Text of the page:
Surveyors arrived in Port Nicholson to lay out the proposed New Zealand Company settlement of Britannia at Pito-one (Petone). When this site proved unsuitable, the town was relocated across the harbour. It would be called Wellington in honour of the victor in the Battle of Waterloo.
The survey party, led by Captain William Mein Smith, arrived on the Cuba, a name that would become a familiar part of the region’s landscape, with Cuba Streets in both Petone and central Wellington. A map for the new settlement had been prepared in England by Samuel Cobham. Its main purpose was to encourage investors to support the venture. The orderly grid pattern contained familiar names to remind settlers of England – Covent Garden, Soames Square and Billingsgate Fish Market did not materialise in the final settlement.
The New Zealand Company and its model of systematic colonisation was the brainchild of Edward Gibbon Wakefield. Central to his scheme were packages of land consisting of a town acre (0.4 ha) and an accompanying 100 country acres (40 ha). There were 1100 one-acre town sections in the plan for Port Nicholson, which Mein Smith struggled to reproduce on the ground.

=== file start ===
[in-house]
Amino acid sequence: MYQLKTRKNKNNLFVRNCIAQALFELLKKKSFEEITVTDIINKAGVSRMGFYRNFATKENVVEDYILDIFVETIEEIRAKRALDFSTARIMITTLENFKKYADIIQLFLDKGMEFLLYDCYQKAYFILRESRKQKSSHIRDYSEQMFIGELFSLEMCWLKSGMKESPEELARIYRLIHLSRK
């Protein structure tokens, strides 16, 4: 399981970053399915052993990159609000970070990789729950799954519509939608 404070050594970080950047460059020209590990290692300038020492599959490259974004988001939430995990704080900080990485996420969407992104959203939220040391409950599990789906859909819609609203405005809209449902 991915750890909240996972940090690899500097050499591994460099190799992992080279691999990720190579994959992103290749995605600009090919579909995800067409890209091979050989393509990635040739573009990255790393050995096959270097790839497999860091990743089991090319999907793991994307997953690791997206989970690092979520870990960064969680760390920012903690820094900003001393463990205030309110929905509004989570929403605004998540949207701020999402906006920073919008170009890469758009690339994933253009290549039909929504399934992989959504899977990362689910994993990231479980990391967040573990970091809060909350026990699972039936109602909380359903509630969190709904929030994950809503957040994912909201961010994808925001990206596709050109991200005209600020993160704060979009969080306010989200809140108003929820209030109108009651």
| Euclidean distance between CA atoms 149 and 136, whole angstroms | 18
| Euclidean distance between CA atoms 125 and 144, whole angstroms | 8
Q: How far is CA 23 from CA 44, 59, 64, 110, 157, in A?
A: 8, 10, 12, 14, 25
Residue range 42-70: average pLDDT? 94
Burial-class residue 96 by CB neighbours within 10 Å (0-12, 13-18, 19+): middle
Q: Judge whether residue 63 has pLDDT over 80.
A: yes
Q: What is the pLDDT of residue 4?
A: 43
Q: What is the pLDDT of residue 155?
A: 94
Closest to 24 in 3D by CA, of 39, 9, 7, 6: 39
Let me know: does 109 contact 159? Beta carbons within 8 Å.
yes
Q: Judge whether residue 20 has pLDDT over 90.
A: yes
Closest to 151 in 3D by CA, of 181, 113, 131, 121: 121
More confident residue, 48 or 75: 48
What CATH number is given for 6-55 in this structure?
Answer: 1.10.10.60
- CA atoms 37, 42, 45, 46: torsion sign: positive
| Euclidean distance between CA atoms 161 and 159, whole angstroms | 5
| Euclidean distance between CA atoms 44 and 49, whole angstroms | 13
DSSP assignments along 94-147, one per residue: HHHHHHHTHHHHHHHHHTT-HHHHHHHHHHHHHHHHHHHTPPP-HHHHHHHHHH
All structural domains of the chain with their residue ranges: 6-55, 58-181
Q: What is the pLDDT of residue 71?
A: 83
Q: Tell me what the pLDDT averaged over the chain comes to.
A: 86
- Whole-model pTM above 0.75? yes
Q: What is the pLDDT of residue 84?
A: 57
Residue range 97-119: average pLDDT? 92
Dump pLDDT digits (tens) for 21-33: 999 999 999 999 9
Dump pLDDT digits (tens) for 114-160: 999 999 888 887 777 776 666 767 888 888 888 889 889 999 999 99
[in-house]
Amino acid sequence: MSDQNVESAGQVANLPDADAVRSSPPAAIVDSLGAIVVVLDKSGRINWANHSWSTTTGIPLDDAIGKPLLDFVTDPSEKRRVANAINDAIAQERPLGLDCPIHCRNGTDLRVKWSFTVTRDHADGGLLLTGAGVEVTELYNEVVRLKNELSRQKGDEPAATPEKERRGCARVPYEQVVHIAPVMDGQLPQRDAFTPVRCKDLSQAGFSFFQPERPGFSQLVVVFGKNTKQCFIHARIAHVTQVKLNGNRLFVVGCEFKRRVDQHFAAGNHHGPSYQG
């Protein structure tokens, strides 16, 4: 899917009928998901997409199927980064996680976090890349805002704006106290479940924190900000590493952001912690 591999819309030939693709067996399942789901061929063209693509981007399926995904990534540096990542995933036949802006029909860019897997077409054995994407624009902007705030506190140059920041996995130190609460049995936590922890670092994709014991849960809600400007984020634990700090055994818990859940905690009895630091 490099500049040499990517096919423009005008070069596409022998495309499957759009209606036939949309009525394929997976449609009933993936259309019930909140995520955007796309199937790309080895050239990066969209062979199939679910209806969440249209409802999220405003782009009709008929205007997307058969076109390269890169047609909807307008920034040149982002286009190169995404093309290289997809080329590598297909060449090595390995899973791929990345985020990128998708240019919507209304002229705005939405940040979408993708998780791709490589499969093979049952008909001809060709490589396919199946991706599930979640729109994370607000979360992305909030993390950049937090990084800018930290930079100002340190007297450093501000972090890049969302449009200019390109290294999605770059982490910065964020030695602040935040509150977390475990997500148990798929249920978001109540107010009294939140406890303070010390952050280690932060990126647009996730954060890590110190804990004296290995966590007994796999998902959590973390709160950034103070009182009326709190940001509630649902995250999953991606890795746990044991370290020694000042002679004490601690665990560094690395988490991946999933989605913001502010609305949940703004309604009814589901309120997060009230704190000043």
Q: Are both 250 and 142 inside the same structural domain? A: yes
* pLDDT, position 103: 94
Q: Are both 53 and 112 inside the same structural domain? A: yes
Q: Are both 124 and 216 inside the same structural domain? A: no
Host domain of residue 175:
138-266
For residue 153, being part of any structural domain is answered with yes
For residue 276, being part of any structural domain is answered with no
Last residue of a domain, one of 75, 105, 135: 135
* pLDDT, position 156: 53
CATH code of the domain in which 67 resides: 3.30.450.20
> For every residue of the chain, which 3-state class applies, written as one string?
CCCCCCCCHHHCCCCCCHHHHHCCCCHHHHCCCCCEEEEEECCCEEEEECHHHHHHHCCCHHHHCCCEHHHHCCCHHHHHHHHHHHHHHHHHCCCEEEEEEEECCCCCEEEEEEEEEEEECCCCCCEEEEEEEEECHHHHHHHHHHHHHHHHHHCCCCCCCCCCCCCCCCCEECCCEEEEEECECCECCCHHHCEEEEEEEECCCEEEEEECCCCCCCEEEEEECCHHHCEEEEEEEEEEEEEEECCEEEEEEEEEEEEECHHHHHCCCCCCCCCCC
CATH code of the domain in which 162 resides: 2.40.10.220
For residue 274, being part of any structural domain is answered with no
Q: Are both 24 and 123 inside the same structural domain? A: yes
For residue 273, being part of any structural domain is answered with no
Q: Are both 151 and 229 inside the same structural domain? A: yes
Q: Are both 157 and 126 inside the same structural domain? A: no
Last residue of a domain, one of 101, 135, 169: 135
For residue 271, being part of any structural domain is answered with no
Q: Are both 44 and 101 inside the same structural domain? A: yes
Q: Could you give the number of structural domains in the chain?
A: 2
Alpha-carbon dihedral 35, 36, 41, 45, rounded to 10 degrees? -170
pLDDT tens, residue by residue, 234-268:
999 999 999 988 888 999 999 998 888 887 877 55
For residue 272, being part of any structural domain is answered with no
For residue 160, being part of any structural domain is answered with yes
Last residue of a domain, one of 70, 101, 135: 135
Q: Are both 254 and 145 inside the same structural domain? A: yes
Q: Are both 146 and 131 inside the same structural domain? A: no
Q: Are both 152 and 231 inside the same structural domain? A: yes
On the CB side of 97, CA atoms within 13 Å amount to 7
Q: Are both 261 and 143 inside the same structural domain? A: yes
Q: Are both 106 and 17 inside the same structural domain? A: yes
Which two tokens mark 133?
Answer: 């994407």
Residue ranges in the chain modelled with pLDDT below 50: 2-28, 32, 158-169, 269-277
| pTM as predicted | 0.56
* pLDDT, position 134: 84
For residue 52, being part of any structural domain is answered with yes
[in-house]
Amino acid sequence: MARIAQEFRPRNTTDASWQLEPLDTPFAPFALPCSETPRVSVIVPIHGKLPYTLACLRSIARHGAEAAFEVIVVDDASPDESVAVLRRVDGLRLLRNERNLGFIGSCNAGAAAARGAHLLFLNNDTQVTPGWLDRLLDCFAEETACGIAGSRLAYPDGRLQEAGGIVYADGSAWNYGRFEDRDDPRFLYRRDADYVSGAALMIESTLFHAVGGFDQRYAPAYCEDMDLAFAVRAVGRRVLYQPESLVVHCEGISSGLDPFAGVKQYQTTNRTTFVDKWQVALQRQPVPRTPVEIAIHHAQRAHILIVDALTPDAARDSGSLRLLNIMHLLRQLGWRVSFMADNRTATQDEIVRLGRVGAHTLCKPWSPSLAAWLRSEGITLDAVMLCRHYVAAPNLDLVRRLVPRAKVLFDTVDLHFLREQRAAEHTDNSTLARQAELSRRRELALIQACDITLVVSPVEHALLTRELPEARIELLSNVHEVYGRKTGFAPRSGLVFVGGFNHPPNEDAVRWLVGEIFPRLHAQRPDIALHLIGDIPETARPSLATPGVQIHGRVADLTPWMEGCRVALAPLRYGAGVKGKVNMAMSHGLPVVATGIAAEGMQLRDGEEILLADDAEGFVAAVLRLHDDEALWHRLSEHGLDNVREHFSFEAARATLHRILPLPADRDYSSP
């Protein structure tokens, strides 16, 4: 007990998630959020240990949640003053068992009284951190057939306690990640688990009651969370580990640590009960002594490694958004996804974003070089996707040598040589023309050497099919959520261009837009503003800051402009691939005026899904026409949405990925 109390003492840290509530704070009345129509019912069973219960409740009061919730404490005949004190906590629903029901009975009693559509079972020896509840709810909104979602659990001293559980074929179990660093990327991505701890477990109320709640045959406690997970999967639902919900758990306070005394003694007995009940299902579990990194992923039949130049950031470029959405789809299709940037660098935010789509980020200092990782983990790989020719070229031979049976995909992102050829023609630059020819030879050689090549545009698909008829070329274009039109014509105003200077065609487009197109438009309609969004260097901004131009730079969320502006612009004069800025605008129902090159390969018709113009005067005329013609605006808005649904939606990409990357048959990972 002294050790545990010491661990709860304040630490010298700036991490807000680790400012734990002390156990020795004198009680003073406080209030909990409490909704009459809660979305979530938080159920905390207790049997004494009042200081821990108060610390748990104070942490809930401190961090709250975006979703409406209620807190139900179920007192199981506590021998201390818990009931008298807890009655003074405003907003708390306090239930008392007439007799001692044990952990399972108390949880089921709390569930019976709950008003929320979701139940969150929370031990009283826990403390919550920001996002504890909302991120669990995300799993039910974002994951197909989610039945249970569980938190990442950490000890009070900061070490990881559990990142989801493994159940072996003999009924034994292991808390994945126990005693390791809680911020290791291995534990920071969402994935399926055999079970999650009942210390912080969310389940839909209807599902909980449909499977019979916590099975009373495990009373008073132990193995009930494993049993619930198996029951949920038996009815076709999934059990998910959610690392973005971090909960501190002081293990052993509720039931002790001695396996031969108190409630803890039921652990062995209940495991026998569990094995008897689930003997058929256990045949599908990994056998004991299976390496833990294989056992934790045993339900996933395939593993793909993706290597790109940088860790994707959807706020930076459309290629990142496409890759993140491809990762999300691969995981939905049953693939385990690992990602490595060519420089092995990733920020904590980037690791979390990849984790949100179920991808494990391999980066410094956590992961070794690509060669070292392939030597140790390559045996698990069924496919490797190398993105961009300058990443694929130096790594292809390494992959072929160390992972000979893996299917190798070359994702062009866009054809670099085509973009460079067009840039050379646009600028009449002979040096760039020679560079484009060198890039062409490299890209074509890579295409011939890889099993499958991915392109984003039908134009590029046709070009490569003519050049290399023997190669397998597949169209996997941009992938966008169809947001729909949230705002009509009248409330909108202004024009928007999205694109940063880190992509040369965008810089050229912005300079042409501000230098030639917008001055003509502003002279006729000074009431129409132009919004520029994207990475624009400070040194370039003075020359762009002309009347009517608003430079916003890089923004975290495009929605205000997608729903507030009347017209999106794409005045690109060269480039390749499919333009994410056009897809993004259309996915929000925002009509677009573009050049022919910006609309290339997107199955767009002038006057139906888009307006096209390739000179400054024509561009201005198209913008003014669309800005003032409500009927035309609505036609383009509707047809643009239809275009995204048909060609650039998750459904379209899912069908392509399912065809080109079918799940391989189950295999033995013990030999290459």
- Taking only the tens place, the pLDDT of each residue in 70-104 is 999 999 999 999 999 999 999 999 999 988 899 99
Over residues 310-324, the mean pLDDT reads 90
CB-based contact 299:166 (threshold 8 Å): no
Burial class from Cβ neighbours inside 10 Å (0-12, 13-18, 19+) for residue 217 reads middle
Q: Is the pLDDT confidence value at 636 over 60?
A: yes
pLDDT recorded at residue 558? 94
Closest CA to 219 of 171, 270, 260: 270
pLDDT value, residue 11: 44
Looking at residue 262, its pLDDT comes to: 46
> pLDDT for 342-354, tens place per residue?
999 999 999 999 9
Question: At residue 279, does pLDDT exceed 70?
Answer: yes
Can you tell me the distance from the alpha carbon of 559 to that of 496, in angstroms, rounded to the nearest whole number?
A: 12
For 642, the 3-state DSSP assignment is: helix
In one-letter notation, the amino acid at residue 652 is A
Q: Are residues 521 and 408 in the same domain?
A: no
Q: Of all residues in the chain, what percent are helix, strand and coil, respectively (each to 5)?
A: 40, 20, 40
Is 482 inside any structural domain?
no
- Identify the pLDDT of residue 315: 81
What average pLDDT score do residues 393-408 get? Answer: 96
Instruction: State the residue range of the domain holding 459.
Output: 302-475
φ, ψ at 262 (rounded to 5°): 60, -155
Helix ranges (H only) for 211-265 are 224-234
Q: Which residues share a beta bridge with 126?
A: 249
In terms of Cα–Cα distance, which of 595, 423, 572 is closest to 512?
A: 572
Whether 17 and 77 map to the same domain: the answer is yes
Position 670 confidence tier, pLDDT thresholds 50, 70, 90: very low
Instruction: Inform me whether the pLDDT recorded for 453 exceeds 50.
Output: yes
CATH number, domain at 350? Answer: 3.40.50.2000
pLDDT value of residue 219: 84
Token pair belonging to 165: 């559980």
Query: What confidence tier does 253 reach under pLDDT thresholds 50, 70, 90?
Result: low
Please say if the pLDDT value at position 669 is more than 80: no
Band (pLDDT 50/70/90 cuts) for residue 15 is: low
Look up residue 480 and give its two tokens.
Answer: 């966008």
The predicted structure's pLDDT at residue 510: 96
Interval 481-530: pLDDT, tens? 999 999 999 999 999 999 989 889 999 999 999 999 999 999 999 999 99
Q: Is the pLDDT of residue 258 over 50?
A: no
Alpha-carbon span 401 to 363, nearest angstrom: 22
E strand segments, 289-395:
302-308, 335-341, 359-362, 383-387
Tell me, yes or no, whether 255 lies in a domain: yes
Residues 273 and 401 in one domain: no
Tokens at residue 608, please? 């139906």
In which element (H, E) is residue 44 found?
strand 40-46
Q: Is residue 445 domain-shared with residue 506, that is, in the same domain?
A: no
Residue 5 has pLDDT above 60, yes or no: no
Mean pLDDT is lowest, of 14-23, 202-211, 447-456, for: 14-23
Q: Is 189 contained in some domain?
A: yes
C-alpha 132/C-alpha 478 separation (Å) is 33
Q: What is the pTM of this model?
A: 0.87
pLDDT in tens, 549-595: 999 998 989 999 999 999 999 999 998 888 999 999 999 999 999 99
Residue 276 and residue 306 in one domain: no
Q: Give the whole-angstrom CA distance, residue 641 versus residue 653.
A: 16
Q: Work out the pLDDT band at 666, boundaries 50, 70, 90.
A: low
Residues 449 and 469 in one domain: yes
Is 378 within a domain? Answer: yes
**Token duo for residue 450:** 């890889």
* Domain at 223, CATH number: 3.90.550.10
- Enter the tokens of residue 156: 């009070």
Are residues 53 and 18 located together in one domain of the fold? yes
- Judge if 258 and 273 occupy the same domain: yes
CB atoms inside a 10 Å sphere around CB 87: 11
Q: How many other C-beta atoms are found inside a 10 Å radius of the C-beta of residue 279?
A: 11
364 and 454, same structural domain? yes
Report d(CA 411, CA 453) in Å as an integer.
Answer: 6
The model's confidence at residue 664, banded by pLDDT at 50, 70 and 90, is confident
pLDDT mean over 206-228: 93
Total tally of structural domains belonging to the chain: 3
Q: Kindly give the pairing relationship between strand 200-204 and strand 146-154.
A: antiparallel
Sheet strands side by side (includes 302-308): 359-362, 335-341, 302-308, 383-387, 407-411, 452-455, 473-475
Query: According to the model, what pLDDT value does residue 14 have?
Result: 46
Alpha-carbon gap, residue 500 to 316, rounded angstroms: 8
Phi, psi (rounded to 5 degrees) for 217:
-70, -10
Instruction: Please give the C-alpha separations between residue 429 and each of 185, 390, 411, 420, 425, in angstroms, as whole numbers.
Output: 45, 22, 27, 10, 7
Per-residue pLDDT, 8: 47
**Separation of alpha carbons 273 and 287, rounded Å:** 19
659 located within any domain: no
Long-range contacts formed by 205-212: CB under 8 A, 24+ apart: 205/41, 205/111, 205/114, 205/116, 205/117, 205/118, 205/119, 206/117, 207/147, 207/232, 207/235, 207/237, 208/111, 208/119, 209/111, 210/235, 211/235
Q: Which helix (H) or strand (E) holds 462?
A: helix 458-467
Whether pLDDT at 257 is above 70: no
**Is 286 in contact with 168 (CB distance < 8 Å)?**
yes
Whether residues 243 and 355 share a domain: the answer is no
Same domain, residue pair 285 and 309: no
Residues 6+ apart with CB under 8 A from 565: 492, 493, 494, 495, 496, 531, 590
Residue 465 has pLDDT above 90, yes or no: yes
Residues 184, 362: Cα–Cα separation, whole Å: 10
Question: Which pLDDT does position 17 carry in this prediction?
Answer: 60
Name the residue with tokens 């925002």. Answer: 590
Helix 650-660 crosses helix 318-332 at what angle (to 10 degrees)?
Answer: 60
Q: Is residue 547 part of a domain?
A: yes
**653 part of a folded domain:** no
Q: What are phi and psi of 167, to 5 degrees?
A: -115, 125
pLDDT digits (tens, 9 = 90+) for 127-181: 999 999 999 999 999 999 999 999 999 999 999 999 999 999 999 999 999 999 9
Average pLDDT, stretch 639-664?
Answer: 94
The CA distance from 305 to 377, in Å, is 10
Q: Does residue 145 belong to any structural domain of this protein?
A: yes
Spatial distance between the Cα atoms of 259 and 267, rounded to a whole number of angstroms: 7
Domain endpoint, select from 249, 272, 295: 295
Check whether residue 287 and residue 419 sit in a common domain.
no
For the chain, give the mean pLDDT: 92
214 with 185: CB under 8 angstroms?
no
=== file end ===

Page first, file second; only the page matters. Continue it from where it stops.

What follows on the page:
Time was also against Mein Smith. The Company was desperate to move before the British government intervened in New Zealand. As a result, an impossible timeframe was set for the Company surveyors. When the first settler ship arrived on 22 January, there was no grid pattern laid out at Petone.